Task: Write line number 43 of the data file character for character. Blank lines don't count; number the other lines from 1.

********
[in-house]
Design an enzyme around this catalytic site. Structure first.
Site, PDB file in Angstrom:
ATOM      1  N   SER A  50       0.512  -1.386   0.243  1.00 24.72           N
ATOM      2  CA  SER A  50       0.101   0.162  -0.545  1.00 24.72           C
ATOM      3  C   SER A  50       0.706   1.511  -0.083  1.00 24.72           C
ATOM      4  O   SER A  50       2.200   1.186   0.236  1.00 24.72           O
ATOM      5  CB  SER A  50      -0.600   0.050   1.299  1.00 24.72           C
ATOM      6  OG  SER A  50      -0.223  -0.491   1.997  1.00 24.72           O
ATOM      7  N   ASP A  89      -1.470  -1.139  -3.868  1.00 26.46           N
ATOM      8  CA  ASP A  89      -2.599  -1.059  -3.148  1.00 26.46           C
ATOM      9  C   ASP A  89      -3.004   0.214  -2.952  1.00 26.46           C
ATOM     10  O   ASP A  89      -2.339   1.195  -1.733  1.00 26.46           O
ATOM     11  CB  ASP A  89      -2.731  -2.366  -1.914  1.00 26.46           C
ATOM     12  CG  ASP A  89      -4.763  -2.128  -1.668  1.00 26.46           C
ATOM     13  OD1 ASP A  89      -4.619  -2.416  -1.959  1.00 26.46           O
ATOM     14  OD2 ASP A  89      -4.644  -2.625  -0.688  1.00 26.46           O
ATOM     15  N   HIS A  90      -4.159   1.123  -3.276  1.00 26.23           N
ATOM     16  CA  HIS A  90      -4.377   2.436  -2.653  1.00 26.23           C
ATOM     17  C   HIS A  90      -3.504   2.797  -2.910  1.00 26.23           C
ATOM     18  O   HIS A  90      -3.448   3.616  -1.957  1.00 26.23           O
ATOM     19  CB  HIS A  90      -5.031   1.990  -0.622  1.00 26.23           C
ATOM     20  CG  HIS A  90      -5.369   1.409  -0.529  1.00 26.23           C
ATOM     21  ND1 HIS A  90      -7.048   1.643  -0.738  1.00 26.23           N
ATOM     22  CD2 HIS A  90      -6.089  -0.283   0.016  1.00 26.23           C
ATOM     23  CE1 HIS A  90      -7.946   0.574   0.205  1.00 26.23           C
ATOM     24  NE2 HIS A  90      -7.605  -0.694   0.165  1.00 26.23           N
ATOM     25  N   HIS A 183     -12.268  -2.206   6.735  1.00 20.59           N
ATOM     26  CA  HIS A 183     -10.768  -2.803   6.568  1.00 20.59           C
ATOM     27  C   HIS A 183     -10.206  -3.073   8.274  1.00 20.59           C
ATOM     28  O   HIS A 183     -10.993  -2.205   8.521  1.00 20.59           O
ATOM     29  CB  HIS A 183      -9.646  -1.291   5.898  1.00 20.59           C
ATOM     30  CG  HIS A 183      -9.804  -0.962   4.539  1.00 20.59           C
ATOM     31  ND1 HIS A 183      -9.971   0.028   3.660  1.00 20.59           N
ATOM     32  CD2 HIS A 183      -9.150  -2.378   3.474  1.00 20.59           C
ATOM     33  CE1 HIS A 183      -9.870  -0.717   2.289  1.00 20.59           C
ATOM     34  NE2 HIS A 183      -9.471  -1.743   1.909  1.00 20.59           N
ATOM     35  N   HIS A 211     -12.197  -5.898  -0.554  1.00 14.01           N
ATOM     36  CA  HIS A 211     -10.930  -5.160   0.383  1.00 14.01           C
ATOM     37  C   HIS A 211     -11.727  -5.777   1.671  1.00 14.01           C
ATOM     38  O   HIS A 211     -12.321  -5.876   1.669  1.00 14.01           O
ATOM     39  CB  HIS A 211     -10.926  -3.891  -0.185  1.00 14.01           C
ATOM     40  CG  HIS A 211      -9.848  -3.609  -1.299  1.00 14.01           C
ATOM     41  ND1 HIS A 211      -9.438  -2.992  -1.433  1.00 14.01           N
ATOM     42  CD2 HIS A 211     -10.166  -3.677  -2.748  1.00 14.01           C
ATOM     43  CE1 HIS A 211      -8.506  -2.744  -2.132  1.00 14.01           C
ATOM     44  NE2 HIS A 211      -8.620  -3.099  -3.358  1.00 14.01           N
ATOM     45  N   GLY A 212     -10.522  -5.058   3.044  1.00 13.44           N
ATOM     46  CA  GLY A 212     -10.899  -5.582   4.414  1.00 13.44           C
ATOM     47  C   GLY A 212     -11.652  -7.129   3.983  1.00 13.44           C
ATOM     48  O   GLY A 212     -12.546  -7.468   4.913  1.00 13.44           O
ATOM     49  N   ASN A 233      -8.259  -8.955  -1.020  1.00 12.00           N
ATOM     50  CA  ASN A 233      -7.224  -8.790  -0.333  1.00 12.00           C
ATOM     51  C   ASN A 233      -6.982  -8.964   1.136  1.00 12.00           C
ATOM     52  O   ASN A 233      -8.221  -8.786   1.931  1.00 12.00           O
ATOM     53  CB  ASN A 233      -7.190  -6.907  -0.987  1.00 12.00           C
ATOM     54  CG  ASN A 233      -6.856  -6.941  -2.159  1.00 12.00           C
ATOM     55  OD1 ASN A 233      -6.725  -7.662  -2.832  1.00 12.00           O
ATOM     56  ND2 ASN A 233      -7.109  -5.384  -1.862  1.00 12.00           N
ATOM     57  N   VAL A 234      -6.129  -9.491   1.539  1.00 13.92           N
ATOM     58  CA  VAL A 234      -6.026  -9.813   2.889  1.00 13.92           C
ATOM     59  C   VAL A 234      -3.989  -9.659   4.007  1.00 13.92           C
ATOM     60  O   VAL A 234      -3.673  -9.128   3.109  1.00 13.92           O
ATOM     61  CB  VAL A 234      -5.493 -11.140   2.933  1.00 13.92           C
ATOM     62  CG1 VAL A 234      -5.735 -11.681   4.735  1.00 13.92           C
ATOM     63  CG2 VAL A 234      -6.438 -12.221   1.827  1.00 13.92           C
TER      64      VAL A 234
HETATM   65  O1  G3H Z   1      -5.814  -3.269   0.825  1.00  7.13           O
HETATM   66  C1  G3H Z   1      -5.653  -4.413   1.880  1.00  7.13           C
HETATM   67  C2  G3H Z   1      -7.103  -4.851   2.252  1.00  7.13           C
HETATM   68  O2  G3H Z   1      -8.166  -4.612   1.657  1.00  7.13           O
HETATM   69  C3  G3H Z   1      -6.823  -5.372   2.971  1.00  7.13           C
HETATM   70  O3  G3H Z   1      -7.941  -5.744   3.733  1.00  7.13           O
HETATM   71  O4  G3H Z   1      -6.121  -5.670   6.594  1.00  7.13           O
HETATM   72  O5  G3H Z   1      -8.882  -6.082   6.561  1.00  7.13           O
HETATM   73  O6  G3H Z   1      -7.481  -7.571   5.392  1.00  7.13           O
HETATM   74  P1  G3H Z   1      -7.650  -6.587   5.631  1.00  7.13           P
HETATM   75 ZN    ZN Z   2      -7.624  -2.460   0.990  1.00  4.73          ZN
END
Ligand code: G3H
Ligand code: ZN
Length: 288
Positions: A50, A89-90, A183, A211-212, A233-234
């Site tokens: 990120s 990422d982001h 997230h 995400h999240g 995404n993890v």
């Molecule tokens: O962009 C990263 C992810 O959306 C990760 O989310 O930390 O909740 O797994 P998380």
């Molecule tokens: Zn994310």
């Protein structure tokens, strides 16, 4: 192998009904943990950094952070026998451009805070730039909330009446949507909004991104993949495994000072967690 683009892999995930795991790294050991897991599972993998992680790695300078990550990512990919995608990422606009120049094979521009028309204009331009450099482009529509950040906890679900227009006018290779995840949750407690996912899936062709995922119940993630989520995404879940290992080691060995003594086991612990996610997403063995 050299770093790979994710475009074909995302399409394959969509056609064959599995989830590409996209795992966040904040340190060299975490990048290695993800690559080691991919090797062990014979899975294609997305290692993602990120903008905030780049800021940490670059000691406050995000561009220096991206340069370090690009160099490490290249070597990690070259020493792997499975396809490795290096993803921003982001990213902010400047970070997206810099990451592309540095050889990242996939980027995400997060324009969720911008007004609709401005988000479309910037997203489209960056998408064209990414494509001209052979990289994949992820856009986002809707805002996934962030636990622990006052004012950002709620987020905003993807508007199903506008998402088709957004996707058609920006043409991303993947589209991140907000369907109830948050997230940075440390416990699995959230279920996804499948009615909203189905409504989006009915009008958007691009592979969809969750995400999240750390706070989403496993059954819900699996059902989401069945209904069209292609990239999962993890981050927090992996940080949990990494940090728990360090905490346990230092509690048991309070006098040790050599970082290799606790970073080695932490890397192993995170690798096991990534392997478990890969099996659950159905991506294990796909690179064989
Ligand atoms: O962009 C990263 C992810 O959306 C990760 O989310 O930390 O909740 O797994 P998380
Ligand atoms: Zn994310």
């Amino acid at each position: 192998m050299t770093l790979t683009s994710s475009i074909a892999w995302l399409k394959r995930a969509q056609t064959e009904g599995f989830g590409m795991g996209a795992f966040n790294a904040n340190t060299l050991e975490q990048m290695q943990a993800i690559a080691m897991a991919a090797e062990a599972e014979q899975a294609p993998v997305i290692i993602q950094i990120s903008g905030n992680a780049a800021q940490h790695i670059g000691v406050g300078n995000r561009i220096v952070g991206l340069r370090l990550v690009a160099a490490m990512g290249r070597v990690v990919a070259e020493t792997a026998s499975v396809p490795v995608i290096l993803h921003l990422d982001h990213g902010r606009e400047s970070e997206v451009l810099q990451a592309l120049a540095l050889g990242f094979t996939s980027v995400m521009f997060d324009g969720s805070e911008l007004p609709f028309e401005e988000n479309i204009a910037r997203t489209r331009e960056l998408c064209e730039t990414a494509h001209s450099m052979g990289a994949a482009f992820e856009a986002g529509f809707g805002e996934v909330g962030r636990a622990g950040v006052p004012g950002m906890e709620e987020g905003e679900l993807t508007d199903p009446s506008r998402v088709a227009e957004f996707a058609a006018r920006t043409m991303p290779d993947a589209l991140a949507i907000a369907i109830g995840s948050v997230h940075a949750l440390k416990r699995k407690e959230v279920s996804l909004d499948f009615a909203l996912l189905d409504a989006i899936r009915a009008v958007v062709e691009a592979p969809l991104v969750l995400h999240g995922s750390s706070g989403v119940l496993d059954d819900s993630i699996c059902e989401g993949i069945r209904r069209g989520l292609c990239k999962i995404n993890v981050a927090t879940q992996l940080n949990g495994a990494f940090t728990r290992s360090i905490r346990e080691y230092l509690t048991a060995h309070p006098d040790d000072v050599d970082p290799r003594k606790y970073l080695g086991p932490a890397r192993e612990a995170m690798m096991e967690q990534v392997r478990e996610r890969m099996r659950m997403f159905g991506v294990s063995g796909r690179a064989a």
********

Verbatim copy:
ATOM     40  CG  HIS A 211      -9.848  -3.609  -1.299  1.00 14.01           C